One of the best things about being Malaysian is the opportunity to grow up amongst people with such diverse cultural and religious backgrounds – Malay, Chinese, Indian, Iban, Kadazan, Eurasian, Sikh, Muslim, Hindu, Buddhist, Christian, Taoist, I know, this is insane… – that we’ve become experts at navigating the minefield of cultural do’s and dont’s that would leave others baffled or worse, offended. In a society intensely fixated with food, it has become second nature for Malaysians to pull off a great feast without ignoring the varied dietary requirements of their guests. You’ll find many a Chinese or Indian who would cook in separate utensils for their Muslims friends, for whom pork is a no-no, and Malays who would desist from serving their favourite beef rendang in the presence of Hindu and Buddhist guests.
Some people (I don’t know any, I’m just using a sneaky literary device to create an imaginary situation) might feel that not serving beef for the sake of other people’s feelings somehow violates their individual right to eat beef, or another example of political correctness gone mad. I disagree. It’s the right thing to do when you have guests over. One’s hospitality takes precedence over one’s “individual right”. In any case, is it so necessary to eat beef (or any other meat or food) at that particular instance? Sometimes it’s better to be practical than philosophical.
In France, admittedly a very philosophical country, there is growing disquiet (article in French) over the mainstream presence of halal food, which remains a small albeit growing industry. It is ironic that the very people who made such a big noise demanding Muslims to “integrate” into French society are the same ones who protest when Muslims do participate in the economy and carry out their daily lives in society like everyone else. We can draw two conclusions from this: 1) French people just like to make noise; and 2) when they say ‘integrate’, what they really meant was ‘assimilate’ – act snobby, eat cream, smoke cigarettes and smell bad just like the rest of us! (all stereotypes, I know…)
Recently, a French fast food chain, Quick, was chastised by politicians from both left and right for introducing – on a trial basis – only halal hamburgers in 8 out of its 362 restaurants across France (that’s 2% of total outlets). How are the hamburgers made halal, you ask. Simply by using halal beef patties and substituting smoked turkey for the bacon. The socialist mayor of Roubaix, a town with a Quick ‘halal hamburger’ joint, called the experiment “discriminatory”, because customers who want bacon and, for whatever reason, are uncomfortable with the notion of eating halal beef, can no longer do so. A representative for the right-wing UMP, Richard Mallié echoed his sentiments. “It is precisely because (the fast food chain) does not give a choice to non Muslim patrons that this attitude is unacceptable” claims the politician.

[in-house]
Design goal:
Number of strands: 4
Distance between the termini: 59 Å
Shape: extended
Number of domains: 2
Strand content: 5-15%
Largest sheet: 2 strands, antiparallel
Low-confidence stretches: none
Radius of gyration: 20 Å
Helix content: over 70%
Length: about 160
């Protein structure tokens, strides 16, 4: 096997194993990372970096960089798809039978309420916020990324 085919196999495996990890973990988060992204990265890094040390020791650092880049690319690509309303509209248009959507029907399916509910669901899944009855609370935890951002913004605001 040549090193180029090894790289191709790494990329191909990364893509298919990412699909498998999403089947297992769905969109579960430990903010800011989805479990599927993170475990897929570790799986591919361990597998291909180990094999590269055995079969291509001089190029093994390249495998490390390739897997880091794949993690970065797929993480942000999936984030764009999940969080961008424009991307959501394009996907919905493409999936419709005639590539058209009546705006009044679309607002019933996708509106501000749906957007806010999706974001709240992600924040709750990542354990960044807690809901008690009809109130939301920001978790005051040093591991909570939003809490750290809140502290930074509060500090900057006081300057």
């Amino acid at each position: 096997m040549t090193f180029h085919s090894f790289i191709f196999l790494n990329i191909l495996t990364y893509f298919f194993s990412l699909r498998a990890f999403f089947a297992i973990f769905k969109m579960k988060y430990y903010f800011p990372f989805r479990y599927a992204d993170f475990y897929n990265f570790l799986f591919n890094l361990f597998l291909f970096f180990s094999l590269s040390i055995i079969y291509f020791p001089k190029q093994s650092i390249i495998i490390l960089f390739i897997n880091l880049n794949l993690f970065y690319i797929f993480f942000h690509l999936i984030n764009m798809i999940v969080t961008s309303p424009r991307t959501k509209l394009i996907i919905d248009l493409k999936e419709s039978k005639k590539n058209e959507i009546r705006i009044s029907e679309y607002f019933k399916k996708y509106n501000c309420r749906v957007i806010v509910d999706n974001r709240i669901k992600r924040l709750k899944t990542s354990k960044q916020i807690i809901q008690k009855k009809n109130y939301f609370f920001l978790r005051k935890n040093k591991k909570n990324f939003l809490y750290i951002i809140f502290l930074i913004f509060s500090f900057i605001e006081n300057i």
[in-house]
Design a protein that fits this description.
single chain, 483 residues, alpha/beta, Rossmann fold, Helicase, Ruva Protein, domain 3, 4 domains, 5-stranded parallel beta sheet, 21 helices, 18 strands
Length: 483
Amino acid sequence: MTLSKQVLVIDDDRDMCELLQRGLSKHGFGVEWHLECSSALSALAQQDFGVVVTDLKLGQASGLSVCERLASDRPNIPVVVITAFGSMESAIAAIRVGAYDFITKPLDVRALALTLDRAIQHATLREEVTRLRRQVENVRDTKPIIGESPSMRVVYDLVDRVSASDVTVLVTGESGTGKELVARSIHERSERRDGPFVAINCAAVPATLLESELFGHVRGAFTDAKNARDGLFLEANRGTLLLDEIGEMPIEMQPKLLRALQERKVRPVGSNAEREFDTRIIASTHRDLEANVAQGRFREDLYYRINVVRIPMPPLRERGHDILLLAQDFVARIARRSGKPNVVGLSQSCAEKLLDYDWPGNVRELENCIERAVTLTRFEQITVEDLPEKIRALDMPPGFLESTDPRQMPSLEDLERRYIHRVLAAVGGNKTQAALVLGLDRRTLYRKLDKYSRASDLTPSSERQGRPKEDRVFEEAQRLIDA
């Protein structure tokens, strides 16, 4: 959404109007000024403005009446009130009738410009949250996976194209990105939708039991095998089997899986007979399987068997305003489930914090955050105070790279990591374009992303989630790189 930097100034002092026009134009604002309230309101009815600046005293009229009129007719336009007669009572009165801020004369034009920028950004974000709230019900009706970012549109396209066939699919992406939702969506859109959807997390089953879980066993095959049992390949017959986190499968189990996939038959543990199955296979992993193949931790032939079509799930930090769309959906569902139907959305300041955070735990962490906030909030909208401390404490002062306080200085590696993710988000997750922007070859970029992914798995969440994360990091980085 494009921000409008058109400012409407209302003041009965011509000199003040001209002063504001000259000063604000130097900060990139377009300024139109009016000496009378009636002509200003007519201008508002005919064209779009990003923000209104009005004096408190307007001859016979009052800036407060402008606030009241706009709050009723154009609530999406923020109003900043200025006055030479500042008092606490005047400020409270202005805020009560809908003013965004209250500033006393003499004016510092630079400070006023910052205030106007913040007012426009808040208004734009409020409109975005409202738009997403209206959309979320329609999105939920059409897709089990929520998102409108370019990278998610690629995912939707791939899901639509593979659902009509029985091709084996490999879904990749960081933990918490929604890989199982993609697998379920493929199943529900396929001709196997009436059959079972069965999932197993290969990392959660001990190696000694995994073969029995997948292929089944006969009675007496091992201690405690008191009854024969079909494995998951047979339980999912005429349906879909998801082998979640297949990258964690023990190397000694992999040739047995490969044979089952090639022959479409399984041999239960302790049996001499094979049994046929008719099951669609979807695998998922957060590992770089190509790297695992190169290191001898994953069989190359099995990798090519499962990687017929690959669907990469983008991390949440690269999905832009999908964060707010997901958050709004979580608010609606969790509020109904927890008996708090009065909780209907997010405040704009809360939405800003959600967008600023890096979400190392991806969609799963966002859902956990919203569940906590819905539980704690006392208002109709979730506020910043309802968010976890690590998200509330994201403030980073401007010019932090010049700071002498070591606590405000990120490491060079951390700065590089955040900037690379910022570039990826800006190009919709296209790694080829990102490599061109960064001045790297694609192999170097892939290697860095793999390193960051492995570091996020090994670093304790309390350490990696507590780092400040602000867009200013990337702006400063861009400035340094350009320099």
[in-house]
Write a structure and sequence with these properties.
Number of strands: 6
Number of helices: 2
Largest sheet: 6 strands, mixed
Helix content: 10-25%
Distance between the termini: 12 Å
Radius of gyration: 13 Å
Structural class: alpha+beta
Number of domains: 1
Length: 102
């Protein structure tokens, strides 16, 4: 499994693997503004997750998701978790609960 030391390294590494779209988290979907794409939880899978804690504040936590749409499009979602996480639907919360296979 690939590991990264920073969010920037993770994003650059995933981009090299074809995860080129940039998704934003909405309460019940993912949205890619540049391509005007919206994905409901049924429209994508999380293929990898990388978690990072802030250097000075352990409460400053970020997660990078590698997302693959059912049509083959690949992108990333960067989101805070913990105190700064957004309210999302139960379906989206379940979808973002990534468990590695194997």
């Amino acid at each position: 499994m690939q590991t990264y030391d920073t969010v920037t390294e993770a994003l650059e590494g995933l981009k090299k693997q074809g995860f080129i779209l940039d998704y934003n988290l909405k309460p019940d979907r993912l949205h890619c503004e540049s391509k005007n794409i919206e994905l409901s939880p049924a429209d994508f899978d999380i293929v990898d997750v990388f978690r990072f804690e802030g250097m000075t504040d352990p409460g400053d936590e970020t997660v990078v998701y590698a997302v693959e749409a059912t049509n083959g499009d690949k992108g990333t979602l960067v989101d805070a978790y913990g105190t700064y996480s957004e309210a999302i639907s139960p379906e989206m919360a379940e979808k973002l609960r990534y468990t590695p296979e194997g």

Yes, I guess you could, if you really wanted to, call it “discriminatory”, but it’s hard to sympathise with their predicament considering the country is dotted with many other restaurants serving hamburgers with bacon and a multitude of other porcine products. In any case, it’s got less to do with religion than it is to do with profits. If a business feels it is more profitable to sell halal hamburgers, then it makes sense to do so. Although religion informs the decision of Muslims to consume halal meat, it is far from being a case of religious intolerance, an agenda which the politicians try to push. If the restaurant was instead offering vegetarian or gluten-free or organic meals, there wouldn’t be a big hoo-ha arising from it, but mention ‘halal’ and suddenly everyone goes gaga. It’s like you could almost hear them scream “the Muslims are coming! The Muslims are coming!” like we’re a bunch of crazy marauders out to deny everyone their daily serving of pork.
In Malaysia, a majority Muslim nation, there are plenty of non-halal eateries catering to that niche sector for patrons who enjoy devouring pork, frog legs and other non-halal food. One example is the German restaurant Deutsches Gasthaus, offering typically heavy Teutonic food with lots of pork. What is a Muslim to do? Why, go someplace that does serve halal German food, of course. If no such establishment exists, then we’ll simply eat something else! It’s really not a big deal, monsieur.